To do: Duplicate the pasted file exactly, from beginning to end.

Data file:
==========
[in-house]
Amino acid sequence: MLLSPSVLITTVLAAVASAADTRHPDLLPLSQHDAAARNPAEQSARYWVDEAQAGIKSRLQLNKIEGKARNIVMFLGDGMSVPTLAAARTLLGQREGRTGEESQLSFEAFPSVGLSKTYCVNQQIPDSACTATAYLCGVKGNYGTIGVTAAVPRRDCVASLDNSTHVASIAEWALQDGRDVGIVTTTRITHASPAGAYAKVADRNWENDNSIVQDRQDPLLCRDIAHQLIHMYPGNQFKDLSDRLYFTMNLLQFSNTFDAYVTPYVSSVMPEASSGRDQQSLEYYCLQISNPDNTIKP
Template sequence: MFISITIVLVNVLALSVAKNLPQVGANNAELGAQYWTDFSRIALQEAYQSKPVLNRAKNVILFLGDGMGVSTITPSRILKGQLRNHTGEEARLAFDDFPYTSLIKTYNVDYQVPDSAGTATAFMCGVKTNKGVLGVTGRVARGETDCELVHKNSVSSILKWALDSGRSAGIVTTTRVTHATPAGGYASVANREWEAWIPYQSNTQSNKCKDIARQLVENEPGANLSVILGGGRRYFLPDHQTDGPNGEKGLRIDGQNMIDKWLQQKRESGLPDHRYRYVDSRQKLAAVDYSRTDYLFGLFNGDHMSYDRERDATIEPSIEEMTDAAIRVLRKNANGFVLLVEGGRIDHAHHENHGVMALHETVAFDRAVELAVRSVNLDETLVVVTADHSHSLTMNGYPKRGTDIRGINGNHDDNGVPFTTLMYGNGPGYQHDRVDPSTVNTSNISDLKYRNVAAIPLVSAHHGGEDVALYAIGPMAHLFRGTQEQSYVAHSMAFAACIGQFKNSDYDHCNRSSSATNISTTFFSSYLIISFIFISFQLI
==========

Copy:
[in-house]
Amino acid sequence: MLLSPSVLITTVLAAVASAADTRHPDLLPLSQHDAAARNPAEQSARYWVDEAQAGIKSRLQLNKIEGKARNIVMFLGDGMSVPTLAAARTLLGQREGRTGEESQLSFEAFPSVGLSKTYCVNQQIPDSACTATAYLCGVKGNYGTIGVTAAVPRRDCVASLDNSTHVASIAEWALQDGRDVGIVTTTRITHASPAGAYAKVADRNWENDNSIVQDRQDPLLCRDIAHQLIHMYPGNQFKDLSDRLYFTMNLLQFSNTFDAYVTPYVSSVMPEASSGRDQQSLEYYCLQISNPDNTIKP
Template sequence: MFISITIVLVNVLALSVAKNLPQVGANNAELGAQYWTDFSRIALQEAYQSKPVLNRAKNVILFLGDGMGVSTITPSRILKGQLRNHTGEEARLAFDDFPYTSLIKTYNVDYQVPDSAGTATAFMCGVKTNKGVLGVTGRVARGETDCELVHKNSVSSILKWALDSGRSAGIVTTTRVTHATPAGGYASVANREWEAWIPYQSNTQSNKCKDIARQLVENEPGANLSVILGGGRRYFLPDHQTDGPNGEKGLRIDGQNMIDKWLQQKRESGLPDHRYRYVDSRQKLAAVDYSRTDYLFGLFNGDHMSYDRERDATIEPSIEEMTDAAIRVLRKNANGFVLLVEGGRIDHAHHENHGVMALHETVAFDRAVELAVRSVNLDETLVVVTADHSHSLTMNGYPKRGTDIRGINGNHDDNGVPFTTLMYGNGPGYQHDRVDPSTVNTSNISDLKYRNVAAIPLVSAHHGGEDVALYAIGPMAHLFRGTQEQSYVAHSMAFAACIGQFKNSDYDHCNRSSSATNISTTFFSSYLIISFIFISFQLI